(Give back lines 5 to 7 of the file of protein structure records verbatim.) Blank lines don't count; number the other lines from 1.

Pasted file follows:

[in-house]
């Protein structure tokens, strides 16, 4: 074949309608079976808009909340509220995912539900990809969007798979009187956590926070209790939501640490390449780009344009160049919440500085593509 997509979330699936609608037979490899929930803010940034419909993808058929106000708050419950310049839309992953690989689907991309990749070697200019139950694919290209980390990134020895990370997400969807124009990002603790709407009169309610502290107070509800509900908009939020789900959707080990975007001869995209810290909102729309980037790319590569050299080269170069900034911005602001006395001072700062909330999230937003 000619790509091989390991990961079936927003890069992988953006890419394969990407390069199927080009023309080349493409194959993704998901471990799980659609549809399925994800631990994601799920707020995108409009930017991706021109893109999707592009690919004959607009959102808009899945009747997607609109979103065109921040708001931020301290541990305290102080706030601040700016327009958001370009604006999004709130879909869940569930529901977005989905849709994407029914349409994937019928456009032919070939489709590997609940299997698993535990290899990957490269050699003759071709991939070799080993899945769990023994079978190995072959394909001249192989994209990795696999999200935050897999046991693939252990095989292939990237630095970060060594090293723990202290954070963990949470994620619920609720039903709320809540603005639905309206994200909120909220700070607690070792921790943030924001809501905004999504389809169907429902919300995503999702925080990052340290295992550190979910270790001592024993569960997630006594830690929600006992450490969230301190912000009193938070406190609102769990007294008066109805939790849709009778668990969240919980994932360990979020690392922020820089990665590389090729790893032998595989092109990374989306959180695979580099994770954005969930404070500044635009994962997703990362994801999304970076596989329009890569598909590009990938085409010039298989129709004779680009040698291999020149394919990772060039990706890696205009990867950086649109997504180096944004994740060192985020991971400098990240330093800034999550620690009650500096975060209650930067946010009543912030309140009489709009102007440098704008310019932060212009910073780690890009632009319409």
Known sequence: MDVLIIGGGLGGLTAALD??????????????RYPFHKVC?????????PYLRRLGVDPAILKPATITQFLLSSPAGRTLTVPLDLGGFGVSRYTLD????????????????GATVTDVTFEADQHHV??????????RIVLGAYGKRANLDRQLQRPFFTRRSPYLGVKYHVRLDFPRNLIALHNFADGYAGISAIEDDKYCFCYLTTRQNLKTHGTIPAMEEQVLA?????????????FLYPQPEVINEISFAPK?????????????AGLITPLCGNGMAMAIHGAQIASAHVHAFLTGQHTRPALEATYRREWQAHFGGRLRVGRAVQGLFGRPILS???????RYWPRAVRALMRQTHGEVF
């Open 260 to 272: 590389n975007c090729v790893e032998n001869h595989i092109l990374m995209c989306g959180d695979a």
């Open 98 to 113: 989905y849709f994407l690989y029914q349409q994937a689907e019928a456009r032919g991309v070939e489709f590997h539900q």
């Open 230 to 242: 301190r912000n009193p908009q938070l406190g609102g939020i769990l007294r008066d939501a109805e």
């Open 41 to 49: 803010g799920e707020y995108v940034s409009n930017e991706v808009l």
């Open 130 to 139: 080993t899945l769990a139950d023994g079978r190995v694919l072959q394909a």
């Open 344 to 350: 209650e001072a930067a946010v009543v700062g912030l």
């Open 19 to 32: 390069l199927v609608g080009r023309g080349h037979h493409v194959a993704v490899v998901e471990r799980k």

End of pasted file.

């Open 98 to 113: 989905y849709f994407l690989y029914q349409q994937a689907e019928a456009r032919g991309v070939e489709f590997h539900q």
């Open 230 to 242: 301190r912000n009193p908009q938070l406190g609102g939020i769990l007294r008066d939501a109805e």
């Open 41 to 49: 803010g799920e707020y995108v940034s409009n930017e991706v808009l």